August 22, 2023Read More
Harvard Business School has released its MBA application deadlines and essay questions for the 2023-24 application cycle. Here are the important dates and Admitify’s guidance on the essays.
R1: September 6, 2023 / R2: January 3, 2024 / Deferred: April 25, 2024
“There is one question for the Class of 2026 application: As we review your application, what more would you like us to know as we consider your candidacy for the Harvard Business School MBA program? We think you know what guidance we’re going to give here. Don’t overthink, overcraft and overwrite. Just answer the question in clear language that those of us who don’t know your world can understand.”
The HBS essay is very similar to Stanford’s What Matters Most – so read our guidance on Stanford A as well as it can be a shorter version of the HBS essay. Start with 1-2 paragraphs about childhood. Write with openness and personality (engaging, even funny). Don’t try to impress them with achievements *at all*. Don’t talk about academics or HBS. Don’t give them a chronological narrative of your life. Don’t feel you need to touch on every one of your achievements or passions to show them how well-rounded you are. Don’t use canned ‘save the world’ language (e.g., “a cause I cared about in a country that is deeply close to my heart.” I’m sure this kind of language is true but don’t use this language. It will sound generic and inauthentic). Don’t let them think that you are so accomplished because you were raised to be a super-achiever; make them think that you are driven by an idea that drives you. Show (use vivid examples/stories in which you walk the reader through your thoughts and interpersonal behavior in key moments in your life), Don’t Tell (“my unique position as a highly extroverted programmer with a very strong technical background AND great interpersonal skills, confidence, public speaking ability, and a friendly/approachable general demeanor”).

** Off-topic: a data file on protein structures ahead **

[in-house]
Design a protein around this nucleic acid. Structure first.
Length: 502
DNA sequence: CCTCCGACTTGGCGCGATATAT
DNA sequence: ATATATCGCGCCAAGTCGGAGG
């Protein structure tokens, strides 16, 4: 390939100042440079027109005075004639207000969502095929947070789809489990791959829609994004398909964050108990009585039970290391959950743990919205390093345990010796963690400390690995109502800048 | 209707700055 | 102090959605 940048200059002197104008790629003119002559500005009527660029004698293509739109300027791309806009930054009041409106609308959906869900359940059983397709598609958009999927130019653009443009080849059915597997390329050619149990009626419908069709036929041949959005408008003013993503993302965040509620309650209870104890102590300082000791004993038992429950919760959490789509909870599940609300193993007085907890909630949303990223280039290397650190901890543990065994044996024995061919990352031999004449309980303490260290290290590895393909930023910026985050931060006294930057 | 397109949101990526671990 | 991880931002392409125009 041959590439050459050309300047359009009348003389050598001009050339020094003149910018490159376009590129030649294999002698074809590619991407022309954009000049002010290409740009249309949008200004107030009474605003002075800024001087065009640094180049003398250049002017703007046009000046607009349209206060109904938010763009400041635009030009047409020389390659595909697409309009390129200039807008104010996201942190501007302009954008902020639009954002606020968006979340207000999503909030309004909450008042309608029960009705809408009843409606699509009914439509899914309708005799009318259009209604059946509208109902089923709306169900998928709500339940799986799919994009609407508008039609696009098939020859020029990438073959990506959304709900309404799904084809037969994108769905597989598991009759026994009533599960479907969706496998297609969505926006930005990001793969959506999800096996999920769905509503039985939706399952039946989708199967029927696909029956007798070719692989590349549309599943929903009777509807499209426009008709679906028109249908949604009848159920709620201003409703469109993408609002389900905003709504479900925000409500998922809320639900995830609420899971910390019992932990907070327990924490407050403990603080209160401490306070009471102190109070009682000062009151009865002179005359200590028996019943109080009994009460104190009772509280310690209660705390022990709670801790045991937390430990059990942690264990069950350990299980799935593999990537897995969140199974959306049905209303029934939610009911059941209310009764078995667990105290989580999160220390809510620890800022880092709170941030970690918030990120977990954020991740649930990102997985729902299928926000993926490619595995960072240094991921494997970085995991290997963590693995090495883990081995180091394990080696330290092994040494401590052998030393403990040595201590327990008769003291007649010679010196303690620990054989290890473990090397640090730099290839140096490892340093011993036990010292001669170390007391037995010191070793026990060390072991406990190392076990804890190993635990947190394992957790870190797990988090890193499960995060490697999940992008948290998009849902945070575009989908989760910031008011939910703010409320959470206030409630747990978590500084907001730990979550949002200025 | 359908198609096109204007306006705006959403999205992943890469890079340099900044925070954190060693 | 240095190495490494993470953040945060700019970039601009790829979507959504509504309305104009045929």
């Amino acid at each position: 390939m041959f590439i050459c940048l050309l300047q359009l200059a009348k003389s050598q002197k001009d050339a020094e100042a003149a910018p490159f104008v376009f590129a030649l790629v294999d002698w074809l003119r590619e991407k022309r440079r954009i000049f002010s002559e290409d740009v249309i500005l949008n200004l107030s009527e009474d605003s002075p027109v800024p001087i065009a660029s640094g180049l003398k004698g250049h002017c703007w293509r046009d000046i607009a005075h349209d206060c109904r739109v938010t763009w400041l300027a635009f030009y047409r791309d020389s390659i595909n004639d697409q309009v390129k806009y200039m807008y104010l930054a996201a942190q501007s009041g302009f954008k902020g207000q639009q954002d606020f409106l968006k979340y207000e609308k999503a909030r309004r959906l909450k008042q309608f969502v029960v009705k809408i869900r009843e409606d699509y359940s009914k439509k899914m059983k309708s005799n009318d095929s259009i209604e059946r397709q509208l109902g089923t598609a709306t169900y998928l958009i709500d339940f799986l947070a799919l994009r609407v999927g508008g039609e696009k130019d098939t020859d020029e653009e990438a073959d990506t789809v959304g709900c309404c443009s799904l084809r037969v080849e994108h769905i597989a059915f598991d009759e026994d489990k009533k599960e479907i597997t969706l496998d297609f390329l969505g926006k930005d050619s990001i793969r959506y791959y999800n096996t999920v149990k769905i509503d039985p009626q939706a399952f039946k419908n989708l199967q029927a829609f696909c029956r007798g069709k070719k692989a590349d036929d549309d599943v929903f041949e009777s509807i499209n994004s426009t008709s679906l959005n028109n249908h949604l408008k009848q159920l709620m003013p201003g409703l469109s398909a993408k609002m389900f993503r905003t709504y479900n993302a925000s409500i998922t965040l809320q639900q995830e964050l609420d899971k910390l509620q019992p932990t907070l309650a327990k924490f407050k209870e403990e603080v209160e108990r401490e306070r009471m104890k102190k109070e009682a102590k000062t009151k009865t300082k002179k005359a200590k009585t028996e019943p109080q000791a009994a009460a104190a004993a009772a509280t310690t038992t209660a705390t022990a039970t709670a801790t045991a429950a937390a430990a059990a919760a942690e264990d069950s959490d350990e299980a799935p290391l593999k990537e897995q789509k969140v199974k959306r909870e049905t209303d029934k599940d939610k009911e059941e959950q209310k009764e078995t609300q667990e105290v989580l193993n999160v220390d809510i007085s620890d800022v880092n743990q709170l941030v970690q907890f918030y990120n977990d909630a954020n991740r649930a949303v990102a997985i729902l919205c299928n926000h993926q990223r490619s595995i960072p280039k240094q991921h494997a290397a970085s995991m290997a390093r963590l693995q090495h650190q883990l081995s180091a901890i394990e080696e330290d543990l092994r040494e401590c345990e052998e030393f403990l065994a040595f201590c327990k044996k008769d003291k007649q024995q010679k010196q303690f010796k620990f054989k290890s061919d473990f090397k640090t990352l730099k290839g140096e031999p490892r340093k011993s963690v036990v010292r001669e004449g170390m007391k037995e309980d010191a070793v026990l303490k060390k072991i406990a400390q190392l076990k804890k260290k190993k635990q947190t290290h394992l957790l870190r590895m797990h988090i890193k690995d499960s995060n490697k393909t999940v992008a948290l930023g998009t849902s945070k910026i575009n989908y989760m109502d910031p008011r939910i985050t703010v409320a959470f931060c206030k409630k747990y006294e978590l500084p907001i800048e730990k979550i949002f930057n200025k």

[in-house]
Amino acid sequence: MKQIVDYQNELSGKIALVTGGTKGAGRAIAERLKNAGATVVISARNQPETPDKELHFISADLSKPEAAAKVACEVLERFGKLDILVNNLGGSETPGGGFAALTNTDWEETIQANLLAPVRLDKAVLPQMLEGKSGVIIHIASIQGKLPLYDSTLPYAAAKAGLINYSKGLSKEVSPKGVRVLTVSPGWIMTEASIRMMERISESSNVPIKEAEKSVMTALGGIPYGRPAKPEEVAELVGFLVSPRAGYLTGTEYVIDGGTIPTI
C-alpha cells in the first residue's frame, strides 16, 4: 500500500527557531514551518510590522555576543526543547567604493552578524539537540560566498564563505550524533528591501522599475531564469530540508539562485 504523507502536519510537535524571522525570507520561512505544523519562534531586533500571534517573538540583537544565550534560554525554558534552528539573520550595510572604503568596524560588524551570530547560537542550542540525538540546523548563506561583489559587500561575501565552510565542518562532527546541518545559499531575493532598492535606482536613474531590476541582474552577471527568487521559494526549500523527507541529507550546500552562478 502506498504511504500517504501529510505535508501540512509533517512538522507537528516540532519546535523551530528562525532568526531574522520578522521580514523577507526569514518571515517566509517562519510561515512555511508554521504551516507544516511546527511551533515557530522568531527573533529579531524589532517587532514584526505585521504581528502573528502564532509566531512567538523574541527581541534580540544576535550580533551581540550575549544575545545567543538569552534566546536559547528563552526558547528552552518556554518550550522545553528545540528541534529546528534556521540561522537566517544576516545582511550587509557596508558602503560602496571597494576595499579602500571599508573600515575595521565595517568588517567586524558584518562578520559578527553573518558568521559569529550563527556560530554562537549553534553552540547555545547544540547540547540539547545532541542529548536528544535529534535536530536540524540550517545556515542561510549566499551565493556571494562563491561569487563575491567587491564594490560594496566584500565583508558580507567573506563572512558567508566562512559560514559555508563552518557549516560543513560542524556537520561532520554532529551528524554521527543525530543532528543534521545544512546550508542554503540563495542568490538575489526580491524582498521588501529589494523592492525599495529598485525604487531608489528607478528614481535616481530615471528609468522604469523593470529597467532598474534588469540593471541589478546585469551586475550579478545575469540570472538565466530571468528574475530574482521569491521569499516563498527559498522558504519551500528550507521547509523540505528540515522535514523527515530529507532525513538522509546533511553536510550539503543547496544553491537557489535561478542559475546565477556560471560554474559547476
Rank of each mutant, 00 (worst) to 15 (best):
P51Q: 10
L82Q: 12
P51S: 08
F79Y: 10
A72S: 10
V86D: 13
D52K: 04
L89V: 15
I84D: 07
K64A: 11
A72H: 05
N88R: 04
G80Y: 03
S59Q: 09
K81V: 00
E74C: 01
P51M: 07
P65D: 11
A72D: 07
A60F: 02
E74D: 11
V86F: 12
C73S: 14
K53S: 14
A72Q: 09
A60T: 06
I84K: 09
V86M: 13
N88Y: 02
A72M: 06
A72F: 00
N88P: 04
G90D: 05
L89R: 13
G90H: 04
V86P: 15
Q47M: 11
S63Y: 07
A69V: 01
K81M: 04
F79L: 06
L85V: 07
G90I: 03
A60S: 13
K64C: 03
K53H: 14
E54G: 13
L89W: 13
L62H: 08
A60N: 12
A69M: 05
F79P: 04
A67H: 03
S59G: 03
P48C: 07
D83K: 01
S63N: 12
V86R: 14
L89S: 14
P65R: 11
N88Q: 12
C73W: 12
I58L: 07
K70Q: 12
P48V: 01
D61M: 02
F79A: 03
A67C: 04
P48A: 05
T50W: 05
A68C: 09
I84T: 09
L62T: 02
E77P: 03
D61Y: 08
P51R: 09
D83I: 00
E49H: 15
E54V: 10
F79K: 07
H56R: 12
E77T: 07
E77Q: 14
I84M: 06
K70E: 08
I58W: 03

The HBS essay gives you space for 3 extended examples/stories about your key life experiences. Don’t describe these experiences as accomplishments full of technical detail; focus not on the ‘what’ (they can learn that elsewhere in your app) but on the ‘why’ and the people/leadership aspect. What were the challenges or resistance points, how did you overcome them, what frustrated/surprised you, how did you feel, what did you learn, how did people help you or resist you? Show us how each of these 3 experiences showed you something new about yourself or life that you didn’t know before. Try to explain the thread or logic connecting the 3 experiences. Try to get the admission reader to like you by the passionate and courageous spirit with which you learn from your life’s key experiences. Again, do not try to impress them; capture them instead with your spirit, growth, personality, etc.
The HBS essay could end with a very brief forward-looking statement about what you hope to accomplish in the future (should be natural/logical extension of the innovation they’ve seen in the essay’s examples, e.g., “application of mobile devices and the Internet of Things in medicine”) and what about HBS makes it the best place to gear up to realize your goal. But Chad Losee said in 2019 that although every applicant assumes they must end the essay describing their goals and explaining why HBS, you should only do this if it grows naturally out of the rest of the essay. This typical Why HBS ending can weaken your essay’s impact, and Chad said that ‘We assume that you have good reasons for choosing HBS; you don’t need to share them with us.’